for a program whose task is to order a dozen or so command-line tools around.
The failure to update transitive dependencies that I ran into using Yarn is
The original program I wanted to use didn’t help matters by choosing a broad
semantic range for their dependencies.
Like physical tools, software, including programming languages, has
constraints. Strive to be a polyglot so you can use the appropriate tool for
Written by: Robert R. Russell on Sunday, July 26, 2020.
Backstory and why
I switched to using OpenWrt as my preferred firmware for SOHO routers 5 or 6
years ago. During that time, I used it on a Linksys WRT 1900AC. However, over
the last few months, I have had to use another WRT 1900AC that is using Linksys’
provided firmware. The Linksys firmware works for necessary routing. It’s
troubleshooting, and firewall management tools leave a lot to be desired,
Due to constraints on the current home/lab network, I can’t reassociate a few
WiFi devices with either OpenWrt on the current WRT 1900AC or replace it
entirely with another WRT 1900AC running OpenWrt.
So restricting the current router to just the WiFi access point role is what I
am limited to doing. The next question is what should replace it in the role of
network router? My three options appear to be:
The other WRT 1900AC running OpenWrt
An old computer running pfSense®
Or the same old computer running OpenWrt
Onto the testing
Right now, I am testing the old computer running OpenWrt option. So far, the
installation was simple. I downloaded the latest version from the OpenWrt
Releases page. For a 64 bit x86 device, the required target is x86/64. I went
with the combined-ext4 image. After downloading the device image, I wrote it
directly to the hard drive I am dedicating to the new router. I installed the
hard drive in the computer and booted it up.
Contrary to the OpenWrt documentation, I could use a keyboard to login to the
local console on the test rig. My biggest complaint so far is the lack of
software installed by default. Most x86 hardware that you would run OpenWrt on
are much more potent than the other devices they support. I expected that Samba
and ReadyMedia formerly MiniDLNA would be installed though disabled by default.
Most SOHO routers you can buy have the option of being a NAS, so OpenWrt not
including the software for that by default in the install image for the most
spacious target they support is a bit odd from my perspective.
Interesting stuff learned during the process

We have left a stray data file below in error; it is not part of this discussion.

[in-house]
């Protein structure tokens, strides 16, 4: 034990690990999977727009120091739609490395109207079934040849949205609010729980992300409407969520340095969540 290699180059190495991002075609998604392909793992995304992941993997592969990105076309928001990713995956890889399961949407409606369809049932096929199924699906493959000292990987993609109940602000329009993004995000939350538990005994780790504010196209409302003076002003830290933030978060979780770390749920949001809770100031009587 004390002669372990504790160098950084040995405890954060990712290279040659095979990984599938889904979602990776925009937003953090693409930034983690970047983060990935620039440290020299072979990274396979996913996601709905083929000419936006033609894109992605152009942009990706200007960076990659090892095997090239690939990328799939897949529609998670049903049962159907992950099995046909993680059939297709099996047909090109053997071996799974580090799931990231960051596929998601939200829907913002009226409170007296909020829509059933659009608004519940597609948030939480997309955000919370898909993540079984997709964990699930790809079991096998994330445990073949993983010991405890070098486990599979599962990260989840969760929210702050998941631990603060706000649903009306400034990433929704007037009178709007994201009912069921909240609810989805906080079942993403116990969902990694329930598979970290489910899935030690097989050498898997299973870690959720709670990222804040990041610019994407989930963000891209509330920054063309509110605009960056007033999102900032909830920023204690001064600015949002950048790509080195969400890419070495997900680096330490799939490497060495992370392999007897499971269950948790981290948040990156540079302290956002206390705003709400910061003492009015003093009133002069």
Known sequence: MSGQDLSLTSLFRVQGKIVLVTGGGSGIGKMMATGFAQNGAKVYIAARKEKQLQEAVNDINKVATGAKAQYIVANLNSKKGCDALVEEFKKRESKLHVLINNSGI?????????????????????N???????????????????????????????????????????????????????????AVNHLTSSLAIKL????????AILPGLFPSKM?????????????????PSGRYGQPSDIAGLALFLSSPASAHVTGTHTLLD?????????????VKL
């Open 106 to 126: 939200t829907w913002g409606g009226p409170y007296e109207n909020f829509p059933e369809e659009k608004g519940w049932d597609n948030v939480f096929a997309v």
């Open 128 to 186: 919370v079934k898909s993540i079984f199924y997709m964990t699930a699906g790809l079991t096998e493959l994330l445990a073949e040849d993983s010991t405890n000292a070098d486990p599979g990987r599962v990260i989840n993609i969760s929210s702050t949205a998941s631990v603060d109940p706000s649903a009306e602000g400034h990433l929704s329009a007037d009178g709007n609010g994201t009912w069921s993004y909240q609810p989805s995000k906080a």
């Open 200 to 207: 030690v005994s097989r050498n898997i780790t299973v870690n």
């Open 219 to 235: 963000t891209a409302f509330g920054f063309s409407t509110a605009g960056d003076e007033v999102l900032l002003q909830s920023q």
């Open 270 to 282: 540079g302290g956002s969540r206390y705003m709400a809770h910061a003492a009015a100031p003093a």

While I prefer Rufus for writing ISO or disk images to USB media, the OpenWRT
documentation recommended using a tool called balenaEtcher. I decided to try it
out. I do like that it validates that the flashing process completed. I also
like that it can handle compressed images directly saving the step of
uncompressing the image before writing it.
What do I not like about balenaEtcher? File size. Rufus will fit on a single
3.5″ High Density or HD floppy disk. balenaEtcher would need 89 floppy disks.
For my younger audience who don’t know what floppy disks are, you can read about
The High Density disks have a useable storage capacity of about 1.44 Megabytes.
Written by: Robert R. Russell on Saturday, July 25, 2020.
Over the last few days, I have had to use both Yarn and NPM to attempt to
install two different programs for a couple of home networking experiments. The
dependency packaging of Node projects leaves something to be desired. Problems
with dependency fulfillment become especially apparent when the package manager
pulls in dependencies that are several years out of date for some reason.
I eventually figured out which dependency was causing the problems and that a
non-feature breaking update would solve the problem. Yay, I can get the problem
solved quickly and get back to testing a new networking feature for my home
lab. A yarn update node-gyp upgrade should have solved the problem.
Over 30 minutes of running around in circles trying to get yarn to update a
transitive dependency. A short sequence of
running npm-check-updates -u
and npm update
Meant I had node-gyp and several other outdated dependencies updated.
Yarn might be better than NPM for running a built Node package, but it isn’t
the easiest to use when a dependency update is required.